Monday, February 17, 2014

Fun Foldable

I'm always up for a fun foldable and I got one from a friend of mine. She got it from a museum course she took with her daughter and snagged a couple of templates for me (Yay! Thanks Nichelle :)

It seems a bit complicated with all the mountain and valley folds but I have used it with several fourth grade classrooms and they got the hang of it pretty easily.

It can be used with any topic. I choose magnets because the finished foldable reminded me of a bar magnet.

To get a  free copy of the foldable template check out my GOOGLE SITES HERE.

Sunday, February 9, 2014

Blabberize Explorer Tech Project

I recently worked with two teachers helping to put together a research project using as the presentation method (the subject was explorers - grade level 4th).

Blabberize is a free website that allows you to manipulate the mouths of pictures to make them "talk" with your recorded voice. Click on the picture to see how the site works and a sample of an "explorer interview" or CLICK HERE)

The first group of children used two pictures - one of them and one of their explorer and recorded their voices. They turned out fine although we had a lot of problems with the microphones.

Based on my experience with the first group I introduced a change to the project for the second group. Students had to conduct an "interview" with an explorer. The program can handle a total of 10 scenes so that meant that five questions could be asked. The teacher and I had to explain and model good interviewing skills. The kids did extremely well and if it wasn't for identifying names I would link copies of the finished interviews :(

Students used an interview sheet (see my google sites HERE for a free copy of it) and used it as a guide when conducting their research. The recording was a bit of a nightmare until we switched to audacity (a free microsoft recording software we have on our computer). Students pre-recorded their ten scenes (saving each one as #1, #2, #3, etc.) and then uploaded it when they got into the Blabberize program. It wasn't that hard and once I showed the students they were recording and saving like pros. I contacted the Blabberize folks and they suggested looking at the flash player we were using or the settings related to the flash player. I never did that since the audacity thing worked very well...but I was happy with how fast they got back to me!

I showed this project to some fifth grade teachers and thought it would work within their standards interviewing key folks during WWI or WWII. If I get samples from them I will post.

Sunday, February 2, 2014

February Tech Newsletter

Two posts this week! My February tech newsletter is up on my google site - HERE. Lots of good ideas for how to present research topics. Enjoy!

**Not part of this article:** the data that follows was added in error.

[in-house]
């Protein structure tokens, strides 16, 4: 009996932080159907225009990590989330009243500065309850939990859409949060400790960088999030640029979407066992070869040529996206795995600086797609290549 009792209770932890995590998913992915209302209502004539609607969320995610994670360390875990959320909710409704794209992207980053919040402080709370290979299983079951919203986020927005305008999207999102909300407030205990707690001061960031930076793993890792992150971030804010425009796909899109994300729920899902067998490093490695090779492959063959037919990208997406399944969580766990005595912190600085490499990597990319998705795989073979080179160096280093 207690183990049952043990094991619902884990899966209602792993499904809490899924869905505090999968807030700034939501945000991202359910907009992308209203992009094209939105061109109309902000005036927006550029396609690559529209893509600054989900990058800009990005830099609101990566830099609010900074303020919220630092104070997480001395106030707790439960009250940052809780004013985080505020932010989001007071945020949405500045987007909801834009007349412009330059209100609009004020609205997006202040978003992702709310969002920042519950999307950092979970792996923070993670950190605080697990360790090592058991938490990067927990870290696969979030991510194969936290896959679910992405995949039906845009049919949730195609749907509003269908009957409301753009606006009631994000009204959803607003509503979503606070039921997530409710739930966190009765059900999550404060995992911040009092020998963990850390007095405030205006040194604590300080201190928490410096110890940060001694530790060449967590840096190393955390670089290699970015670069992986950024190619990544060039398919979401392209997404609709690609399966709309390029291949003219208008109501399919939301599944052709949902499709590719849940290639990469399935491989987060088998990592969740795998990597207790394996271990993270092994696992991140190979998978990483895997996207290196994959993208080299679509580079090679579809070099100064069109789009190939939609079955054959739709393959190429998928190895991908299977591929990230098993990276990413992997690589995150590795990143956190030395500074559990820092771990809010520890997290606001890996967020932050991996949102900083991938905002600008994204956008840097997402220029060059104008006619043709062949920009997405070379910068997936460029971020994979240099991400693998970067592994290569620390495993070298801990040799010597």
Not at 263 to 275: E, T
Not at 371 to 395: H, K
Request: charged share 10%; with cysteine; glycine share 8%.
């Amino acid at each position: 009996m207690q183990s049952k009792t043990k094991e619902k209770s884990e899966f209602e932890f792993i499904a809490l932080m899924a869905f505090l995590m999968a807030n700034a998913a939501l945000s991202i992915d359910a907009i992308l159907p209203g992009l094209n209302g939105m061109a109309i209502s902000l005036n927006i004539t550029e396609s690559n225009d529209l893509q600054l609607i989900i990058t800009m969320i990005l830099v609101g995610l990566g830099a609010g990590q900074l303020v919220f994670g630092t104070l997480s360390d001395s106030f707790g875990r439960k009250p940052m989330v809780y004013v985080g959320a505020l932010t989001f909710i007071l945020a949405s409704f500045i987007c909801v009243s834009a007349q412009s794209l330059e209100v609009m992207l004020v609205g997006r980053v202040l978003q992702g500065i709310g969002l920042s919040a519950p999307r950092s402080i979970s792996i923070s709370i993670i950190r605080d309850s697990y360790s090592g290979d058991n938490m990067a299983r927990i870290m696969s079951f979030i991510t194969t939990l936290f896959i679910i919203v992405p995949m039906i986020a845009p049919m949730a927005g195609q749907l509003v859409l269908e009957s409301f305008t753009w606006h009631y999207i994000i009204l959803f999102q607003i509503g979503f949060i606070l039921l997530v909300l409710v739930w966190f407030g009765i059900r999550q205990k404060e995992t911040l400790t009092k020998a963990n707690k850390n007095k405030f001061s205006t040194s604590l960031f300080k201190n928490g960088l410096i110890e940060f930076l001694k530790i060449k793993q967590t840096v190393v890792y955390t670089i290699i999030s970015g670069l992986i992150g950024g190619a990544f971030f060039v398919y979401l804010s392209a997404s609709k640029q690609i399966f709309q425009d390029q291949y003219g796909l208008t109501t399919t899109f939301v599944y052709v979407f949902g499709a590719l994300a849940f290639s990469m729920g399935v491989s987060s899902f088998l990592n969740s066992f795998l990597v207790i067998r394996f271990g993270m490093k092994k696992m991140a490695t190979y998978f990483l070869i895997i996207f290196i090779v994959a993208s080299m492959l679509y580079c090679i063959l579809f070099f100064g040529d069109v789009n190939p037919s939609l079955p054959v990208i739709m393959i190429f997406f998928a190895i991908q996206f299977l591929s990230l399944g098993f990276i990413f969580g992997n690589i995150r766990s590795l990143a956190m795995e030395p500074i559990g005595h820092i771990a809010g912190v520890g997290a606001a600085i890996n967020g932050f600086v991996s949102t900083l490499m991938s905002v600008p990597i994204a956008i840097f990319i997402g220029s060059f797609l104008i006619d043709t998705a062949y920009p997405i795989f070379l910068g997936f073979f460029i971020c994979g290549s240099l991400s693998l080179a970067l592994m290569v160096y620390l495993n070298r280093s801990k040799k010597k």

Reading Tables/Graphs Practice Idea

Every Monday and Friday I would pull up the weather channel's 10 day forecast for our city. I would have dry erase markers and boards at the table and would ask a series of questions based on the data.

- What day will have the highest temperature?
- What day will have the lowest temperature? Or what day are you going to have to dress the warmest?
- What is the difference between those temperatures? (math!)
- What day(s) has the greatest chance of rain? Or what day are we most likely to have indoor recess?
- What day(s) has the lowest chance of rain?
- What day is going to be the windiest?
- What day is going to have the greatest drop between their day and evening temperature?

I always look at the weather so I figure why not make it a classroom thing! Luckily we studied weather in the fourth grade so it was easy to incorporate it in my lessons but even if I taught a "non-weather grade" I would still do it.

It was amazing to see how difficult it was for the kids to find the information at first and when I asked them to calculate the difference between the highest and lowest number I could hear the class grind to a halt. I'm happy to report that with practice the students got use to the drill and became very proficient at finding the information quickly.

Here were some of the side results of doing this activity:
1. Students started looking for how the weather was going to effect their weekend plans or week day sports practice schedules.
2. They started discussions as to what sites provided better weather forecast (particularly if their parents used different sites).
3. On rain days they wanted to see the radar map.
4. If children were traveling out of town they would ask to pull up those locations for packing purposes (mostly done on Friday).

I loved it because it gave students real life practice reading tables and graphs and then applying that information to their lives outside the classroom.

If you didn't want to do it whole group you could always make a sheet that you printed as morning work on Monday and Friday and leave the forecast on the board and then reviewed the answers.